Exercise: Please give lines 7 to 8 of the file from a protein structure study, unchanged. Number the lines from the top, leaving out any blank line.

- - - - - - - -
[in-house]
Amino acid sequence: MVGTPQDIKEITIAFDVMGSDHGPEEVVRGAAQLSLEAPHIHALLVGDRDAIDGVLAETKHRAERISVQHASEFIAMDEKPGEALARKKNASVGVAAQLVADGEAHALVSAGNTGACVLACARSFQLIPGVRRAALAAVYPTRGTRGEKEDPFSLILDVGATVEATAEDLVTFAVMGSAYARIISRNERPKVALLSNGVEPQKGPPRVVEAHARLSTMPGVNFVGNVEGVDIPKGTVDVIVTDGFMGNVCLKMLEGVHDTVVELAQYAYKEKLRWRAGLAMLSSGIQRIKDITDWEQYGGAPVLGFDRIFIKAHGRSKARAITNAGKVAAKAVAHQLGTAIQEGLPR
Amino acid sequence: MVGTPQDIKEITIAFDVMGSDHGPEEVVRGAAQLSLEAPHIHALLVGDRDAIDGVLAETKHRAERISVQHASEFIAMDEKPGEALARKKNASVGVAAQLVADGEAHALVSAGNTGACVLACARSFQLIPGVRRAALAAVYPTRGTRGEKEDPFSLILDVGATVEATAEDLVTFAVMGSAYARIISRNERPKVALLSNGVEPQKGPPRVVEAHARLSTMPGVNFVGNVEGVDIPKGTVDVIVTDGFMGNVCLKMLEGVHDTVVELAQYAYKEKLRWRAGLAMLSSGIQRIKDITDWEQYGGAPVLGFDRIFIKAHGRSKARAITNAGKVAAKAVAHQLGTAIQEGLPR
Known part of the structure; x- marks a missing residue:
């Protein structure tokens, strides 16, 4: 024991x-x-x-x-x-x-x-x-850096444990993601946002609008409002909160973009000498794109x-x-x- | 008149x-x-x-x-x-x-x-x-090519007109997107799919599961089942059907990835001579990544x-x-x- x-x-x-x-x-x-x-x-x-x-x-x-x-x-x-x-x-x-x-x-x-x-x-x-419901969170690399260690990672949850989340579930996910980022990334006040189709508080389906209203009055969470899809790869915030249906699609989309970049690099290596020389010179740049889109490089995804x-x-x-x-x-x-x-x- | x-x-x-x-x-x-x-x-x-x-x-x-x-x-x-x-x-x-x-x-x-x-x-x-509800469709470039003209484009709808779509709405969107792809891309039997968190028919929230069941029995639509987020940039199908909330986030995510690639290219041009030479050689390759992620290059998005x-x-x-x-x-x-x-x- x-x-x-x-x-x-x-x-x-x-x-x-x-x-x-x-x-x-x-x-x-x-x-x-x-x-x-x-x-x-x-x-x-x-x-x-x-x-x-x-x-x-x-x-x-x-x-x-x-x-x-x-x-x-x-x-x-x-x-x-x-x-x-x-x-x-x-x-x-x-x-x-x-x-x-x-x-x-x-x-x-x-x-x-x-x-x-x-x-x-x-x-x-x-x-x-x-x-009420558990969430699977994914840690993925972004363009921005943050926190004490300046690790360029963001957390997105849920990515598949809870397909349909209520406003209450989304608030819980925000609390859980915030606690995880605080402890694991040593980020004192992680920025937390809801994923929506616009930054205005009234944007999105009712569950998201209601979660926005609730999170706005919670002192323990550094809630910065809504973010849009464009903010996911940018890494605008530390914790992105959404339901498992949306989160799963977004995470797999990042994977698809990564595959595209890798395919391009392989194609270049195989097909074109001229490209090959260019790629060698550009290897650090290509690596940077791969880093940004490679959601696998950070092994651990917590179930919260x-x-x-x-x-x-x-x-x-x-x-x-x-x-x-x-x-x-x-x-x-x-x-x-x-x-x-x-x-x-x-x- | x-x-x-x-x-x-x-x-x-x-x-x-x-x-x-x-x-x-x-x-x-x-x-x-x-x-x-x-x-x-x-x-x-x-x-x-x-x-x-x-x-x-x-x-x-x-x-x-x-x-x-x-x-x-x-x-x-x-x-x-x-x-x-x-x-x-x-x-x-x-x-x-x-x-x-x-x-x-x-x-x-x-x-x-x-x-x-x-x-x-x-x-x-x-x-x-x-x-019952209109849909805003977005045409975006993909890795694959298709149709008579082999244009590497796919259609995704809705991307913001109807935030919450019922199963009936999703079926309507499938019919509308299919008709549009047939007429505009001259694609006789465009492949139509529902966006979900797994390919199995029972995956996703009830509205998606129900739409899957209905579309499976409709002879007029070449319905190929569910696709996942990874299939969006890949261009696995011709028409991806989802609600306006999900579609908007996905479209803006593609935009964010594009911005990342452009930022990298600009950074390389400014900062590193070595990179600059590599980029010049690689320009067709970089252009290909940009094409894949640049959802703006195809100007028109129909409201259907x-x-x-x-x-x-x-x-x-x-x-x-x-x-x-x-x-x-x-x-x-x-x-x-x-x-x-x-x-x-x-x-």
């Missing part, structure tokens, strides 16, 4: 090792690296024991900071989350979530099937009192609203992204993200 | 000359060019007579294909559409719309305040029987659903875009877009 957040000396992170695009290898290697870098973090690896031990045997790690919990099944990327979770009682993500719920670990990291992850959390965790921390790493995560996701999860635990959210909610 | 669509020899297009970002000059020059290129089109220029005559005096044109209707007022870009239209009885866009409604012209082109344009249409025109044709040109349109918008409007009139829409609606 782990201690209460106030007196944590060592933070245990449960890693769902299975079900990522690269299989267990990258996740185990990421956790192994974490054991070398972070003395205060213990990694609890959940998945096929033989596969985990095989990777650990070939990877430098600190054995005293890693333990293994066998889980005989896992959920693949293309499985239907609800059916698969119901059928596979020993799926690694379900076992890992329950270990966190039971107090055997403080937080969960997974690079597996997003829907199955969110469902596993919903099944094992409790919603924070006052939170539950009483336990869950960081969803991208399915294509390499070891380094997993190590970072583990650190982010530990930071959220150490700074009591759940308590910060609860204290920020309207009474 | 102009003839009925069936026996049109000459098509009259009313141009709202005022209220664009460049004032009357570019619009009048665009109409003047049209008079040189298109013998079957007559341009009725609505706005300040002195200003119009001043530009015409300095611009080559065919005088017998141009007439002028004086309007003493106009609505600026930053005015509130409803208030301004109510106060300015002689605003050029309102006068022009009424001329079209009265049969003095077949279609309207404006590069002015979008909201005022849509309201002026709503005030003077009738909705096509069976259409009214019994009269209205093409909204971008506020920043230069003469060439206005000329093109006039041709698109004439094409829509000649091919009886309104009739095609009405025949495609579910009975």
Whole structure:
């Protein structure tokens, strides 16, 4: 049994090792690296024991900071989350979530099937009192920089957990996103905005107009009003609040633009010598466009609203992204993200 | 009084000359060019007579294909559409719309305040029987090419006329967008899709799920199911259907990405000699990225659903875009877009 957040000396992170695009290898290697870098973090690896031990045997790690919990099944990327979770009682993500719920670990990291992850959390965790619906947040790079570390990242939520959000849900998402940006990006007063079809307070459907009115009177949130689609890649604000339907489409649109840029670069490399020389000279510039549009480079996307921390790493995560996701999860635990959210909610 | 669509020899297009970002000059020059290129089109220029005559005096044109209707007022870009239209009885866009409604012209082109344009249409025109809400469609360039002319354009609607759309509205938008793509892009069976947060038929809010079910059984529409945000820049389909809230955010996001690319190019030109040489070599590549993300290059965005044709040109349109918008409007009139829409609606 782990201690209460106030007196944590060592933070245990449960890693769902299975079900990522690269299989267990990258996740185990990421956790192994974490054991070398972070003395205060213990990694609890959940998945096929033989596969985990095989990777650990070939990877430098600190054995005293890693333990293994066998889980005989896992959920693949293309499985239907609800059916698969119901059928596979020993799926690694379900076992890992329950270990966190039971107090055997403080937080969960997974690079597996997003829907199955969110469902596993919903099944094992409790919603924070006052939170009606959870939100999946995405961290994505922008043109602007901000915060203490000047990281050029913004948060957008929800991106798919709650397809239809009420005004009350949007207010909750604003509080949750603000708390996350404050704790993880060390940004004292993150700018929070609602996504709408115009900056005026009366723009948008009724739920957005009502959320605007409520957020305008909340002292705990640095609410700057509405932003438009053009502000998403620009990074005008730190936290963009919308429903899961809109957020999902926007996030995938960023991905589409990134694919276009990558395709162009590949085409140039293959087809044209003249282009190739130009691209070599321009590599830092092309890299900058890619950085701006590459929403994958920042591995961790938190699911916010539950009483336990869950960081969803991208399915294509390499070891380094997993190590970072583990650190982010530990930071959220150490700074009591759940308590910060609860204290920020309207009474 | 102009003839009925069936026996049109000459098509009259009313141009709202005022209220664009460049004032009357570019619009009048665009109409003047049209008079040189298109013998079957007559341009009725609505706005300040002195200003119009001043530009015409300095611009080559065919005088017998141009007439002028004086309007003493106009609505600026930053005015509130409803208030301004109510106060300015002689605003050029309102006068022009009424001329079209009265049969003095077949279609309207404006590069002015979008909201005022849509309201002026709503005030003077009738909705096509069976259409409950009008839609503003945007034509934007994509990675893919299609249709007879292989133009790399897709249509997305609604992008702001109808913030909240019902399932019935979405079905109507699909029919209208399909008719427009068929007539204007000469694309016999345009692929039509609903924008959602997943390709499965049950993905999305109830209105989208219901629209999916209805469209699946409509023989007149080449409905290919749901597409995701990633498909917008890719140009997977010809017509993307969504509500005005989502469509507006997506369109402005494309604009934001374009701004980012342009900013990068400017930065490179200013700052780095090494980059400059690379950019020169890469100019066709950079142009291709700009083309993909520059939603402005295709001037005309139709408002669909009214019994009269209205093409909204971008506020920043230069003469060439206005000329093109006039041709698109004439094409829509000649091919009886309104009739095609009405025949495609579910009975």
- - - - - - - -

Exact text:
Whole structure:
């Protein structure tokens, strides 16, 4: 049994090792690296024991900071989350979530099937009192920089957990996103905005107009009003609040633009010598466009609203992204993200 | 009084000359060019007579294909559409719309305040029987090419006329967008899709799920199911259907990405000699990225659903875009877009 957040000396992170695009290898290697870098973090690896031990045997790690919990099944990327979770009682993500719920670990990291992850959390965790619906947040790079570390990242939520959000849900998402940006990006007063079809307070459907009115009177949130689609890649604000339907489409649109840029670069490399020389000279510039549009480079996307921390790493995560996701999860635990959210909610 | 669509020899297009970002000059020059290129089109220029005559005096044109209707007022870009239209009885866009409604012209082109344009249409025109809400469609360039002319354009609607759309509205938008793509892009069976947060038929809010079910059984529409945000820049389909809230955010996001690319190019030109040489070599590549993300290059965005044709040109349109918008409007009139829409609606 782990201690209460106030007196944590060592933070245990449960890693769902299975079900990522690269299989267990990258996740185990990421956790192994974490054991070398972070003395205060213990990694609890959940998945096929033989596969985990095989990777650990070939990877430098600190054995005293890693333990293994066998889980005989896992959920693949293309499985239907609800059916698969119901059928596979020993799926690694379900076992890992329950270990966190039971107090055997403080937080969960997974690079597996997003829907199955969110469902596993919903099944094992409790919603924070006052939170009606959870939100999946995405961290994505922008043109602007901000915060203490000047990281050029913004948060957008929800991106798919709650397809239809009420005004009350949007207010909750604003509080949750603000708390996350404050704790993880060390940004004292993150700018929070609602996504709408115009900056005026009366723009948008009724739920957005009502959320605007409520957020305008909340002292705990640095609410700057509405932003438009053009502000998403620009990074005008730190936290963009919308429903899961809109957020999902926007996030995938960023991905589409990134694919276009990558395709162009590949085409140039293959087809044209003249282009190739130009691209070599321009590599830092092309890299900058890619950085701006590459929403994958920042591995961790938190699911916010539950009483336990869950960081969803991208399915294509390499070891380094997993190590970072583990650190982010530990930071959220150490700074009591759940308590910060609860204290920020309207009474 | 102009003839009925069936026996049109000459098509009259009313141009709202005022209220664009460049004032009357570019619009009048665009109409003047049209008079040189298109013998079957007559341009009725609505706005300040002195200003119009001043530009015409300095611009080559065919005088017998141009007439002028004086309007003493106009609505600026930053005015509130409803208030301004109510106060300015002689605003050029309102006068022009009424001329079209009265049969003095077949279609309207404006590069002015979008909201005022849509309201002026709503005030003077009738909705096509069976259409409950009008839609503003945007034509934007994509990675893919299609249709007879292989133009790399897709249509997305609604992008702001109808913030909240019902399932019935979405079905109507699909029919209208399909008719427009068929007539204007000469694309016999345009692929039509609903924008959602997943390709499965049950993905999305109830209105989208219901629209999916209805469209699946409509023989007149080449409905290919749901597409995701990633498909917008890719140009997977010809017509993307969504509500005005989502469509507006997506369109402005494309604009934001374009701004980012342009900013990068400017930065490179200013700052780095090494980059400059690379950019020169890469100019066709950079142009291709700009083309993909520059939603402005295709001037005309139709408002669909009214019994009269209205093409909204971008506020920043230069003469060439206005000329093109006039041709698109004439094409829509000649091919009886309104009739095609009405025949495609579910009975």